Thursday, June 29, 2017

Upstream 24: Castles and Court Jews (Thursday, June 8, Nemunas River, just past Gelgaudiskis)

You wouldn't otherwise know it, reading this after the fact,  transcribed to my blog, but I am starting a new "Rite in the Rain" notebook today.  This one is special, because it was a Father's Day gift from Rosa.  

She has been an extraordinary paddling partner throughout this trip, doing more than her share of the heavy lifting, and almost all of the cooking.  What a privilege it has been to share the journey with her.    And it was a great gift idea: "Rite in the Rain" has been handy, as there has been no shortage of rain.


I have, at times on this trip, wondered what extra dimension the long and sometimes monotonous hours of paddling bring to the pilgrimage.  We could have easily rented a car and driven to all the places where I have roots in this country: Vilna, Kovno, Keidan, even tiny Srednik.  Indeed, had we chosen that route, we probably would have made it into Srednik proper for a look around, instead of passing it by on the bank.  We certainly would have had much more time to linger in each destination.

Instead, we devote most of our daylight hours to traveling along the river itself.  As we've seen, plenty of Jewish river rats did this before us, transporting timber to the Baltic Sea.  But that was not my ancestors' path.   I come from scholars, who spent most of their time studying Talmud, eking out a living, and raising their families in Lita's larger towns and cities.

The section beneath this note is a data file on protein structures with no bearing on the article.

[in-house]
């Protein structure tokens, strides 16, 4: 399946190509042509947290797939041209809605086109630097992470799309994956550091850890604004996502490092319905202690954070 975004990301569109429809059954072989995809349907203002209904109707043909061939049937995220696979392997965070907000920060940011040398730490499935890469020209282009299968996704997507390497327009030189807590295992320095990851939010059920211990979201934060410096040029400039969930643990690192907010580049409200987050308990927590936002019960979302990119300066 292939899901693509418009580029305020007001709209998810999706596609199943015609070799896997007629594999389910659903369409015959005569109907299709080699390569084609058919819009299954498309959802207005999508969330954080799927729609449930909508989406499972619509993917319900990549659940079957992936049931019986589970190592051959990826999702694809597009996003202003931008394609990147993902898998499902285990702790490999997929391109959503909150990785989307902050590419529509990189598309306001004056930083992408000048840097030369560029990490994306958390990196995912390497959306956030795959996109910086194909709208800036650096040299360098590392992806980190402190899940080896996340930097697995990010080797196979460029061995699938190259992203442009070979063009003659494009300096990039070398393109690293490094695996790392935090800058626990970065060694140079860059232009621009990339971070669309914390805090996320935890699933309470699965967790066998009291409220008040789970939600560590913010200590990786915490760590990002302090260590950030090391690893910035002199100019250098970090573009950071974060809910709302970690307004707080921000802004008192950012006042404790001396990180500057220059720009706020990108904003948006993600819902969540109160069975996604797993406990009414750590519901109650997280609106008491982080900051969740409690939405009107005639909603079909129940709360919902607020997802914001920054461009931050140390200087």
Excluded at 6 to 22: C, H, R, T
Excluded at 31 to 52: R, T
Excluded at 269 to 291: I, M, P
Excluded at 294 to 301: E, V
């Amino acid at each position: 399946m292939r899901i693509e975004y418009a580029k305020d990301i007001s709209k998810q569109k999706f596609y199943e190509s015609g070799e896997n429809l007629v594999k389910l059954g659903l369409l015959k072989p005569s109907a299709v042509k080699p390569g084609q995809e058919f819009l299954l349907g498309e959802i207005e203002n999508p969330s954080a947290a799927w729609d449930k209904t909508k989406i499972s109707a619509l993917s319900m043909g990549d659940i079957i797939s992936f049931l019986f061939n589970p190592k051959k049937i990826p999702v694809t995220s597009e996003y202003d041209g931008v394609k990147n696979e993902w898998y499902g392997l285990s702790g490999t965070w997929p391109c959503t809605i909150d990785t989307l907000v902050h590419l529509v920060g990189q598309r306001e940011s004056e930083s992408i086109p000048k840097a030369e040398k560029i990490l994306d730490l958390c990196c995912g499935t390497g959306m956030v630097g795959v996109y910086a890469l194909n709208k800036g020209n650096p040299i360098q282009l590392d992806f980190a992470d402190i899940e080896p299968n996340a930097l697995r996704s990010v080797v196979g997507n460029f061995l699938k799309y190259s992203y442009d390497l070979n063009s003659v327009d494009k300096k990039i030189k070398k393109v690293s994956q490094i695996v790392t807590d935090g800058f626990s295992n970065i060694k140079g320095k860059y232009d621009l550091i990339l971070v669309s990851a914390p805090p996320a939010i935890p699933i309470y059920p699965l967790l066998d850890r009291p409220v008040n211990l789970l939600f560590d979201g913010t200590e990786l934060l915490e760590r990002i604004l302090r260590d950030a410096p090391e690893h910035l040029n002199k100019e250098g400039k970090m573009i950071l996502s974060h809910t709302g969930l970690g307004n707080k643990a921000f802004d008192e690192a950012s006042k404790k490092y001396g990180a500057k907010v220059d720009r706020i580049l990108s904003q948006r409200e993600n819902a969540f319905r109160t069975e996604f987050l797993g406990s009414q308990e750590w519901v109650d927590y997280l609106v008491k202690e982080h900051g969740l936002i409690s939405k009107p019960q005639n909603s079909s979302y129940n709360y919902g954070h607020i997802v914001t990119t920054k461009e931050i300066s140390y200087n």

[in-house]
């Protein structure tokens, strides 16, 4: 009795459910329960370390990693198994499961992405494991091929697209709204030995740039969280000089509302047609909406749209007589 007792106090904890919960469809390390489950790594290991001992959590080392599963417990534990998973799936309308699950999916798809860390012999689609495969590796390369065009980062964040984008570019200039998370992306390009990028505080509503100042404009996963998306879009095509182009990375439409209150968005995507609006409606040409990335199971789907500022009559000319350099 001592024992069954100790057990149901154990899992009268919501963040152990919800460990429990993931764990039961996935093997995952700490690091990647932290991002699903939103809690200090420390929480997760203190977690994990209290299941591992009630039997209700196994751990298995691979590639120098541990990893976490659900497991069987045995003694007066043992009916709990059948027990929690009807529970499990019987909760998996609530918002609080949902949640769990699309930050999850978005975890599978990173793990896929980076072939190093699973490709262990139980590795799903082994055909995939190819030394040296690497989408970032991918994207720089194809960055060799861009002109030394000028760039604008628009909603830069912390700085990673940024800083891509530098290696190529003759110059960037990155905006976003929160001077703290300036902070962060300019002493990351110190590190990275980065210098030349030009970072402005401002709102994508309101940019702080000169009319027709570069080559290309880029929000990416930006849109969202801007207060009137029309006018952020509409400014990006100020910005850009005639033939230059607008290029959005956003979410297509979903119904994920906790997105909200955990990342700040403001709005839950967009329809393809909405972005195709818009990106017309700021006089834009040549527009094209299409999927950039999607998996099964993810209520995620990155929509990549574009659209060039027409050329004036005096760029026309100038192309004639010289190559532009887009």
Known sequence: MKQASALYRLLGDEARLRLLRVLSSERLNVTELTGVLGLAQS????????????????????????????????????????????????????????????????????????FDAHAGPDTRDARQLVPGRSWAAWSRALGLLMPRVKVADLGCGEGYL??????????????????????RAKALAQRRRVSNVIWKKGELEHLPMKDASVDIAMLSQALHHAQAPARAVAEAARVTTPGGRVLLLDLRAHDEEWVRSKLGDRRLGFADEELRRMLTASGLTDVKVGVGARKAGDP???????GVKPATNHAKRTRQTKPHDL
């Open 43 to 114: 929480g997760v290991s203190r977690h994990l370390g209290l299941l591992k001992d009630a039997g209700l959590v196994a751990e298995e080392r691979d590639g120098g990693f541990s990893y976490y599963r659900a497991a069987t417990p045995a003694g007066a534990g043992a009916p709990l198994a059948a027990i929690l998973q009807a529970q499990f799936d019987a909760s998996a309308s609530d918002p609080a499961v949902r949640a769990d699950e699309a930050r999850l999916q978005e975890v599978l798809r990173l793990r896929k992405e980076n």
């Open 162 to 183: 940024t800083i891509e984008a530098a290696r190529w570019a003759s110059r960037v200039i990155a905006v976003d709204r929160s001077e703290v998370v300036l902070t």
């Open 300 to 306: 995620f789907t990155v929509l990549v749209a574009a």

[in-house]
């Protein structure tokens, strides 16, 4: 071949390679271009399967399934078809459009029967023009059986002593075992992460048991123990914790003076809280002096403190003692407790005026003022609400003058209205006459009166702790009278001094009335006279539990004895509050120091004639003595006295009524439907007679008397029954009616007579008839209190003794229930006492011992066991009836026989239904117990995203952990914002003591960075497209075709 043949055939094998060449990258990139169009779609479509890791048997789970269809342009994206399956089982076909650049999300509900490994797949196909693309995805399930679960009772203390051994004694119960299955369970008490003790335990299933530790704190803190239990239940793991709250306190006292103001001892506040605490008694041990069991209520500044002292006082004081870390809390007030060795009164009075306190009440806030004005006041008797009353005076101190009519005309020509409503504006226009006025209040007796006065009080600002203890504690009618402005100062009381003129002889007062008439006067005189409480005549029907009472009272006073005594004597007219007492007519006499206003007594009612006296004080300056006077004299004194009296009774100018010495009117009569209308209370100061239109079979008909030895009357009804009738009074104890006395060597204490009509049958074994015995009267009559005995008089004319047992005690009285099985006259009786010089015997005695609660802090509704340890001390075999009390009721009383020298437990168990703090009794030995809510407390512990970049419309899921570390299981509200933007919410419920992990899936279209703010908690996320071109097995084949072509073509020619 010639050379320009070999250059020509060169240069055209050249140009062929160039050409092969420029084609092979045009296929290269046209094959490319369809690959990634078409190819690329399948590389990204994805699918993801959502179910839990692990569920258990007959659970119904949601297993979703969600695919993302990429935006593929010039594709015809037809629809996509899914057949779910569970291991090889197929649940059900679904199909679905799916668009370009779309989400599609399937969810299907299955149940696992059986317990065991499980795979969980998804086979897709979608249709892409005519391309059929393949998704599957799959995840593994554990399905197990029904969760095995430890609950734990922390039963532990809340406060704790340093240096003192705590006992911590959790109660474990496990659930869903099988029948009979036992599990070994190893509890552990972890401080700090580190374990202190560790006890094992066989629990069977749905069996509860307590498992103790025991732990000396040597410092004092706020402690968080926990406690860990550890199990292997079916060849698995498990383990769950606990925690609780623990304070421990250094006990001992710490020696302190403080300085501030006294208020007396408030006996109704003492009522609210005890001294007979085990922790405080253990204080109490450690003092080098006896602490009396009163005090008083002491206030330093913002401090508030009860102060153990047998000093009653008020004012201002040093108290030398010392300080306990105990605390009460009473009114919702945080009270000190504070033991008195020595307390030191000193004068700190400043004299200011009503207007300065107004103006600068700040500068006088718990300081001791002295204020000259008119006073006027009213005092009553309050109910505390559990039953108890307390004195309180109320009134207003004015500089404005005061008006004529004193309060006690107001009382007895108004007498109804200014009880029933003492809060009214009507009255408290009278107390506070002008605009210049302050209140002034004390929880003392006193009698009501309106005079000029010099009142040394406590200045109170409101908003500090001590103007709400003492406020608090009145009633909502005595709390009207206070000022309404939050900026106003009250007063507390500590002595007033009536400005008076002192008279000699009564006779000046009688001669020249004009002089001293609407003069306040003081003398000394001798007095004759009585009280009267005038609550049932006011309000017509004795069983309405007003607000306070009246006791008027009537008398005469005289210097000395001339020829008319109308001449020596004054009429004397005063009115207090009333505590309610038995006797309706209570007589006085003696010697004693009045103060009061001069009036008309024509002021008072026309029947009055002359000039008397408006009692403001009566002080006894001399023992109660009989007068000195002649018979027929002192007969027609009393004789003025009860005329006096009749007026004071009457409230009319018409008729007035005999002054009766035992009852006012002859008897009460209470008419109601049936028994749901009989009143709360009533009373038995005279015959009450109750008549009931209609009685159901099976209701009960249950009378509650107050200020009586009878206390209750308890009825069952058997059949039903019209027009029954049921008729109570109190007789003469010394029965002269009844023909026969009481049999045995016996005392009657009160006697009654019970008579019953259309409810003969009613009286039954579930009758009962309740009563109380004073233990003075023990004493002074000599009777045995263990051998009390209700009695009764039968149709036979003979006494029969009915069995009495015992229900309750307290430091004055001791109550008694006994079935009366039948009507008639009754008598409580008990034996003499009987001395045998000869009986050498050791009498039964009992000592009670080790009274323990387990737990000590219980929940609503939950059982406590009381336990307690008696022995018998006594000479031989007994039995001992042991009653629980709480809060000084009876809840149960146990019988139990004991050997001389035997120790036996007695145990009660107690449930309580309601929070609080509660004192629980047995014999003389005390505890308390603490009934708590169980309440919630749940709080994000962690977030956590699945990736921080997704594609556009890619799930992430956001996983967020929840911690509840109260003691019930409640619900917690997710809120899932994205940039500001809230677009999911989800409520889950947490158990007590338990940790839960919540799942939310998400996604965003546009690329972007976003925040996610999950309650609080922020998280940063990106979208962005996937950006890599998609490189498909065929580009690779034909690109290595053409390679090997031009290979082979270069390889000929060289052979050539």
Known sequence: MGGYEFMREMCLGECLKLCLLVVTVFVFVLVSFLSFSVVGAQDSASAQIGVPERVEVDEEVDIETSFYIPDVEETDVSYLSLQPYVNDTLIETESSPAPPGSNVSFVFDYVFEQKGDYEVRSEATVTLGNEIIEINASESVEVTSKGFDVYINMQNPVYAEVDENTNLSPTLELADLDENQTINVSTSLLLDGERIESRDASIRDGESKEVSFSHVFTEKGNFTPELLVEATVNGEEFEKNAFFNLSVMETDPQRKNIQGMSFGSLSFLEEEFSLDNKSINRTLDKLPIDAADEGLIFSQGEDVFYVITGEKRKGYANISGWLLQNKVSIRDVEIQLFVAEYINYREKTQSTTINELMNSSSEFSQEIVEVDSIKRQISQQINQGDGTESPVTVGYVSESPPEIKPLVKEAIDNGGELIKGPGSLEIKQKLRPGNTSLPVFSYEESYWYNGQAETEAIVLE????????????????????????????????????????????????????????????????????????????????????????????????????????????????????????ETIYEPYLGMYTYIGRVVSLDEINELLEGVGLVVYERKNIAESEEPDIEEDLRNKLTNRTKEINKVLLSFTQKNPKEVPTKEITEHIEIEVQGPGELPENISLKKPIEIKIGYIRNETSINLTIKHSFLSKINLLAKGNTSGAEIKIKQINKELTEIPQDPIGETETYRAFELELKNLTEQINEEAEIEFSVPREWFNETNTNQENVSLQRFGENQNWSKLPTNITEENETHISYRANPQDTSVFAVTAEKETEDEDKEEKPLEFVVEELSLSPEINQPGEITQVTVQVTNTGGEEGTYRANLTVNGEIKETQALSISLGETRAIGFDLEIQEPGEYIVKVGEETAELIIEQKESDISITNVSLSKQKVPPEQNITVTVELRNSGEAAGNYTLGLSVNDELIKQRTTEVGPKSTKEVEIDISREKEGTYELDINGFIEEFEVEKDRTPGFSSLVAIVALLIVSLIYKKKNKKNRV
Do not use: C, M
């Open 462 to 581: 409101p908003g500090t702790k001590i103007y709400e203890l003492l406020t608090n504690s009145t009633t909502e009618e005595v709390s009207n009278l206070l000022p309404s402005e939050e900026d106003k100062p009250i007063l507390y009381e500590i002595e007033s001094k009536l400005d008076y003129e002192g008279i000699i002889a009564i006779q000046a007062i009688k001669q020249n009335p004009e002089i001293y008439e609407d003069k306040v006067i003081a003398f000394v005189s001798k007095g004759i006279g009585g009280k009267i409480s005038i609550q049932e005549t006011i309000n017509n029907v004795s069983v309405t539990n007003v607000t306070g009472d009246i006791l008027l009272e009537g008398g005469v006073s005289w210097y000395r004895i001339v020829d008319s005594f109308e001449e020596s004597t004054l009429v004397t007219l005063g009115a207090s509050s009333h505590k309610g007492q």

Yet although the long hours on the river can be arduous--really, because of this challenge--I wouldn't do this journey any other way.  According to the labor, so is the reward.  The difficulty, cliche as it may be, really does help us better appreciate the beauty.  And I think it is the obstacles that define this trip as a pilgrimage rather than heritage tourism.  Life here was hard for the Litvaks, whether they lived in the city or the countryside.  I think we get to know their world a little more authentically when we enter it with some rigor.  No, I am not so naive as to believe that we are suffering daily as my ancestors did.  Thank goodness.  Still, I hope that by taking the river route, we are traveling in the spirit of Jewish Lita.  For this, I am grateful.  And also a little stiff, sore, and tired.


We enjoyed a long lunch at the pier/park at Ploksciai.  There was once a small Jewish community here--39 residents, out of 455, in 1923.  As in the other shtetlach that line the banks of the Nemunas, these Jews were merchants and craftspeople.  Many were ardent Zionists.  The Jews of Ploksciai, and Raudone, on the opposite bank, were historically linked to large aristocratic estates that invited them in; Raudone's large castle still stands.  Both communities were wiped out in the summer of 1941.

Here's a section of a poem by the great Yiddish writer, Y.L. Peretz.  It was first published in 1888, and it is in some ways, prescient of what would tragically unfold half a century later along these riverbanks:


Life is like a river; we are fish.  
The water's wholesome and fresh 
and we would swim forever, 
but for a black figure 
on the riverbank.

There Satan stands, 
in his hands 
a fishing rod, 
and catches fish.  

With a worm that eats the dust, 
a little lust, 
a moment's pleasure, 
the line is baited.  

Hardly a flick 
and the pike flies in the pan 
to be fried or roasted 
on the flames of hell.  

May his name be obliterated!   
we know whose work it is--
and why it works so well. . .